Code and Bugs

Coding things

Simple skeleton for Haskell programs

At my university, there is a course named Programming Paradigms. One of the four languages studied there is Haskell. At a very basic level: type inference, laziness, type classes, pattern matching. No monads, no advanced concepts.

However, there is a Haskell homework and this year we want to test it automatically using vmchecker. This means that the students need to have a skeleton for the I/O parts of the application. In the past, we provided this skeleton but it was always changed from year to year. This time, I’ve tried implementing a generic one.

Thus, io-manager was created. You simply change the Makefile and the main file, run make and run the application providing as command line arguments all the input files that you need. The student only uses simple functions to write/read from this files. In fact, these are simulated, the reads are done lazily before starting the student’s code and the writes are done at the end of the application. All student’s code is pure.

For now there is one enhancement: there should be a cabal file to allow for

cabal install io-manager

in the future.

Entire code is on GitHub, please improve or comment :)

Robotik (Turing tarpit language)

These days, beside working on the new platform on which I am to move blogs I participated in PLT Games’ competition. My language, Robotik, can be found on GitHub. It is an interpreter written in Haskell, it has some bad code inside due to the speed with which I had to finish the submission. But, if there are suggestions for improvement, I’m more than happy to hear them and implement them in time :)

2012 in review

The WordPress.com stats helper monkeys prepared a 2012 annual report for this blog.

Here’s an excerpt:

4,329 films were submitted to the 2012 Cannes Film Festival. This blog had 16,000 views in 2012. If each view were a film, this blog would power 4 Film Festivals

Click here to see the complete report.

PS: I’ll be leaving the WordPress platform as soon as I’ll be making the New Year Resolution.

Think different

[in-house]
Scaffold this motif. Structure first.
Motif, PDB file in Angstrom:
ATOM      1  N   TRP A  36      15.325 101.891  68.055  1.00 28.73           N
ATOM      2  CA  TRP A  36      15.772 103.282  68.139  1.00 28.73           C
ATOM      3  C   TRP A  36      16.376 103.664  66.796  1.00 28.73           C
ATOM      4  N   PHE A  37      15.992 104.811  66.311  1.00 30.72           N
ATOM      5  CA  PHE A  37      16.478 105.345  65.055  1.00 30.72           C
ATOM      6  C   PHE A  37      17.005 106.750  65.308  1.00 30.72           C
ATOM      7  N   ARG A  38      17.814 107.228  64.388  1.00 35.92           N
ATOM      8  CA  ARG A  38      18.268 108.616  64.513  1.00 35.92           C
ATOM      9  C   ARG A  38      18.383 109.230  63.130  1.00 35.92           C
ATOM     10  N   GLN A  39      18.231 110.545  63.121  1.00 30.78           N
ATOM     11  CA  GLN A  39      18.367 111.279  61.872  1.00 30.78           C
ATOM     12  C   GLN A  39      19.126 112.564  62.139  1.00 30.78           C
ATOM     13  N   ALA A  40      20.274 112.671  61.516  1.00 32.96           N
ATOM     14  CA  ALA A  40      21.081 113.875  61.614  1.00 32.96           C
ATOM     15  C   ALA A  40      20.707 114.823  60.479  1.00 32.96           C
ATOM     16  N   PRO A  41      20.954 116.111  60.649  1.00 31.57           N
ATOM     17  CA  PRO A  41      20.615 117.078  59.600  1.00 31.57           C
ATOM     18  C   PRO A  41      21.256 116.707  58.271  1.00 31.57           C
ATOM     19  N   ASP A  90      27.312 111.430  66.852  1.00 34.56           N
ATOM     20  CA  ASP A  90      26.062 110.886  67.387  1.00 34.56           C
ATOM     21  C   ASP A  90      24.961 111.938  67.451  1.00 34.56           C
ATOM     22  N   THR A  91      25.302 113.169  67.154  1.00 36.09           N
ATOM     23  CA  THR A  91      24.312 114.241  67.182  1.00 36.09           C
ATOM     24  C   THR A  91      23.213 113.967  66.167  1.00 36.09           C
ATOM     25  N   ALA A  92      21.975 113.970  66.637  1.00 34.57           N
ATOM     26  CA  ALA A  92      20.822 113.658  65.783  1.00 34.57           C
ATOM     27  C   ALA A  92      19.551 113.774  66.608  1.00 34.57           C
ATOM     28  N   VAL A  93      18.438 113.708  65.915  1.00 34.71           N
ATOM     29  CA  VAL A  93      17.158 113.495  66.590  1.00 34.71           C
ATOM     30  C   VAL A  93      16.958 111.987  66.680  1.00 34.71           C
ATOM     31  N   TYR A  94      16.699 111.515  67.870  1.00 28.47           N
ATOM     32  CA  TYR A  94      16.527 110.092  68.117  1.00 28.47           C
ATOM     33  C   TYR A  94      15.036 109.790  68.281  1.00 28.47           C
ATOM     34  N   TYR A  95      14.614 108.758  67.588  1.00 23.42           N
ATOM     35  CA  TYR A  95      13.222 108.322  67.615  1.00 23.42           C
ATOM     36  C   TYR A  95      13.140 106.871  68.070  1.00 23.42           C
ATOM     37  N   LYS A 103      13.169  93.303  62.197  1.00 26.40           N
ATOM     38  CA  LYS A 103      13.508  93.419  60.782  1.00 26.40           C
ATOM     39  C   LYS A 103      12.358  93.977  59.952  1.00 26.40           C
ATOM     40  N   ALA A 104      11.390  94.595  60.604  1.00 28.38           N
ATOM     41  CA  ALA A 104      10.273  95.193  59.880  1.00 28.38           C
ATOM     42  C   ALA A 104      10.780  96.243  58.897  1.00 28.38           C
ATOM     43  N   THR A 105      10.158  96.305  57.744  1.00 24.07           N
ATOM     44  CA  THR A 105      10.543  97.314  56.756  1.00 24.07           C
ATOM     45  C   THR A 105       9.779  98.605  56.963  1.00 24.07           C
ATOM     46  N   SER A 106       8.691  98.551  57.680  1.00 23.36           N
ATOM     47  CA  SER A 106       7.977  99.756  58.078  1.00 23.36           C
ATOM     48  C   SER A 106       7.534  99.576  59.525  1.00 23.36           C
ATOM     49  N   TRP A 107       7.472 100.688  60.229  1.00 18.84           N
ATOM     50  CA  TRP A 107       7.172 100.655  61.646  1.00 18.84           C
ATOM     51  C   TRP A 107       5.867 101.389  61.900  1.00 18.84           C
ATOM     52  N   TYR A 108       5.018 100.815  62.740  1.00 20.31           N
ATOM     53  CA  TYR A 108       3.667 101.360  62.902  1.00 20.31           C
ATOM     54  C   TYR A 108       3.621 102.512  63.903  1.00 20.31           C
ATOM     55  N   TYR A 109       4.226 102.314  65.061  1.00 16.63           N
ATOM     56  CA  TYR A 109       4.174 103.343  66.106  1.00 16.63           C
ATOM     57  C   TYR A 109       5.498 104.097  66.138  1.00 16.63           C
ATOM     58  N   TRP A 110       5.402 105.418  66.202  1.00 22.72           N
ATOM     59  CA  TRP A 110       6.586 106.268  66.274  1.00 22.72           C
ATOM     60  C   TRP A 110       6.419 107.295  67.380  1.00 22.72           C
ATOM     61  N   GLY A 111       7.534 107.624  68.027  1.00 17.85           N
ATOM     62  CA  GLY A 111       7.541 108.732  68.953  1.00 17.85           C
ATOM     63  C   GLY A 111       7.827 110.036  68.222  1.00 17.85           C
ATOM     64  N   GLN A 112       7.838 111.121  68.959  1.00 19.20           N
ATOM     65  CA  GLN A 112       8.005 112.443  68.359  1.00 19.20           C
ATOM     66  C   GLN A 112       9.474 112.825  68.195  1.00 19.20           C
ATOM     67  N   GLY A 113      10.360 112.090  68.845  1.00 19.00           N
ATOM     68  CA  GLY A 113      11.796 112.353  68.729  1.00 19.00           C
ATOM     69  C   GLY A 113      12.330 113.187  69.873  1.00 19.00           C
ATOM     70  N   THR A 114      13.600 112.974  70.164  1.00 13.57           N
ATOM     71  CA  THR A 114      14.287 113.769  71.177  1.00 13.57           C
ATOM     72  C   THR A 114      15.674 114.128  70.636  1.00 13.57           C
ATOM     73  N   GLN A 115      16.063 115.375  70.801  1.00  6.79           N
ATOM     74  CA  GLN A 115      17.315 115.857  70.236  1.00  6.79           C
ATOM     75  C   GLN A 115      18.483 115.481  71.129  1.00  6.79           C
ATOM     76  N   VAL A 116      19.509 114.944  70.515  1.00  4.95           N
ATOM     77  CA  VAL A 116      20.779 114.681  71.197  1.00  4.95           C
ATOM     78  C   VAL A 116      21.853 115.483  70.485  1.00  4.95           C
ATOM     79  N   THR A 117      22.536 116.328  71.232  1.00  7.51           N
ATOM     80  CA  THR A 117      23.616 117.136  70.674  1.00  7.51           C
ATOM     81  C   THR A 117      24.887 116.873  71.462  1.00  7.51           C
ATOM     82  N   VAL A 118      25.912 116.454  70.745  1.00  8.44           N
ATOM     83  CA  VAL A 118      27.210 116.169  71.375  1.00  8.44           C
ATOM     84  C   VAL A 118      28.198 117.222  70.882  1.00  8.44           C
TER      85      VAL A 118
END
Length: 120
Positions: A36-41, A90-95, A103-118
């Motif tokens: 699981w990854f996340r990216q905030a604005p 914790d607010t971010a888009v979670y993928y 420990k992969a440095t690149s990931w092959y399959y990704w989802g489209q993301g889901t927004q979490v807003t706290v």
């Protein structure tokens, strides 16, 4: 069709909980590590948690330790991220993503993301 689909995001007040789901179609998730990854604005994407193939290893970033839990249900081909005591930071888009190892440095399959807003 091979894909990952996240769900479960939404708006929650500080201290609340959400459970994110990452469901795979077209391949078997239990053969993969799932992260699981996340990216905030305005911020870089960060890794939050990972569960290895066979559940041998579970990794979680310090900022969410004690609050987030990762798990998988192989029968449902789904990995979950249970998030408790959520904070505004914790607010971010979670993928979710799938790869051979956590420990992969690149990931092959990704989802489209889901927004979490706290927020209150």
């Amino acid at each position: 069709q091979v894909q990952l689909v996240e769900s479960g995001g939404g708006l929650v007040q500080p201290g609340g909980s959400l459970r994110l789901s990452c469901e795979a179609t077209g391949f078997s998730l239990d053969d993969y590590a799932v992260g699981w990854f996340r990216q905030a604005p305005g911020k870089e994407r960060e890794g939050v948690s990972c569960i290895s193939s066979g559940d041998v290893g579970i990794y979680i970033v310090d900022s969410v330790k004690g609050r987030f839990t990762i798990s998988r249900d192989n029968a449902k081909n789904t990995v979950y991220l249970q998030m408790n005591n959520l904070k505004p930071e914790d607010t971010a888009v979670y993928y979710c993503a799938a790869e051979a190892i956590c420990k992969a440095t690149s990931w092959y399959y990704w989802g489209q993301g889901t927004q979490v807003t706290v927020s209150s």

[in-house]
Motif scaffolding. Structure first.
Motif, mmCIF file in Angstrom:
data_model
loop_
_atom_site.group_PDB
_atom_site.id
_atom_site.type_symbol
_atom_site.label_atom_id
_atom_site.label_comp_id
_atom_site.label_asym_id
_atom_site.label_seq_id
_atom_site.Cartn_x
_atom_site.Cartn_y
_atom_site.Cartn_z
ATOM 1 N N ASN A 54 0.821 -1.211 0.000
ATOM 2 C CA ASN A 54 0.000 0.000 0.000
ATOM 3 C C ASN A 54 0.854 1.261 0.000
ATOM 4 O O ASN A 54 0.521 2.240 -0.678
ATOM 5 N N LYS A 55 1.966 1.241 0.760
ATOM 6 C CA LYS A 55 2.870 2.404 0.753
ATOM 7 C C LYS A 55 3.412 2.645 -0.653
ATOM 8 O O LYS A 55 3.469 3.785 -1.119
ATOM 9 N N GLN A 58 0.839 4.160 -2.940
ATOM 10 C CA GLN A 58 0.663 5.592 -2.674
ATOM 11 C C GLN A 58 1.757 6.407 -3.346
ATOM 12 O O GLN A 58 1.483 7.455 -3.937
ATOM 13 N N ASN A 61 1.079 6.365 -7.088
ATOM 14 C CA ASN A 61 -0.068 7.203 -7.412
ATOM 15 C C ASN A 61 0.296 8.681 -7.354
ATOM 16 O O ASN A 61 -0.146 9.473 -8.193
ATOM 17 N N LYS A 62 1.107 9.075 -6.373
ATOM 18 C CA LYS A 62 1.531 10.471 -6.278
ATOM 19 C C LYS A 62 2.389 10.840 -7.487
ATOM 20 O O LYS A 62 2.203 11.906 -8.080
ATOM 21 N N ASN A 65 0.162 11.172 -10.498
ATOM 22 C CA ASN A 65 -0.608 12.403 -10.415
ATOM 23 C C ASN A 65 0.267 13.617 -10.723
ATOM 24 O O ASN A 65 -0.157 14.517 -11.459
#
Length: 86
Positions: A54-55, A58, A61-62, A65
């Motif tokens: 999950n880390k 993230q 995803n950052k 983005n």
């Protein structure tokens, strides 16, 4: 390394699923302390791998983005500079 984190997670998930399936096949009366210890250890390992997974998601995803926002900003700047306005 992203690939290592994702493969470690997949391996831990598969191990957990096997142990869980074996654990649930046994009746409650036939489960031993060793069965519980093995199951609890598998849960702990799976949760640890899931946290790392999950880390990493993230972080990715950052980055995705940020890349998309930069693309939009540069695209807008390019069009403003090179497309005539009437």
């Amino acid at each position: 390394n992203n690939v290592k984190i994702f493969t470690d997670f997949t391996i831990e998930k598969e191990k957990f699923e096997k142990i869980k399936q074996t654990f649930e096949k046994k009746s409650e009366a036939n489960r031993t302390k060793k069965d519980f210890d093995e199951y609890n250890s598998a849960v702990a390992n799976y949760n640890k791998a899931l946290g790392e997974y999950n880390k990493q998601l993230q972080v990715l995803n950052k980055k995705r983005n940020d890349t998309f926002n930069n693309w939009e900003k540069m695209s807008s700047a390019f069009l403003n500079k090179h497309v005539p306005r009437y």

Just a simple post to keep interest on this blog while I’m working on the new one based on Yesod.

Here’s to the crazy ones. The misfits. The rebels. The troublemakers. The round pegs in the square holes. The ones who see things differently. They’re not fond of rules, and they have no respect for the status quo. You can quote them, disagree with them, glorify and vilify them. About the only thing you can’t do is ignore them because they change things. They push the human race forward. And while some may see them as crazy, we see genius. Because the people who are crazy enough to think they can change the world, are the ones who do.

That’s all for today.

Rebirth from Ashes

Long time ago, when I was discovering the realm of programming and the power this art gives to its wielder, a website was one of the most accessed one, a place full of tutorials and lessons to be learned. Though it was discontinued, the archives were there like a magical spring of knowledge and wisdom.

Today I find out that this site is back. After 7 years flipcode has returned.

RIP Andre

There is no computing project that is worth your life. Turn off the computer. Seek help. Get outside, enjoy the green grass, the birds in the trees. Talk to people you know. Talk to strangers! Drive to Wisconsin, and find out whatever it is they do there. Build a treehouse. Park on a parkway and drive on a driveway. Make a macaroni necklace. Visit a dairy. Climb a rock. Seek life.

(from LWN)

A sad day for programmers, geeks and normal people knowing the state of the matters in Linux world: one of the major contributors to the Linux kernel has died.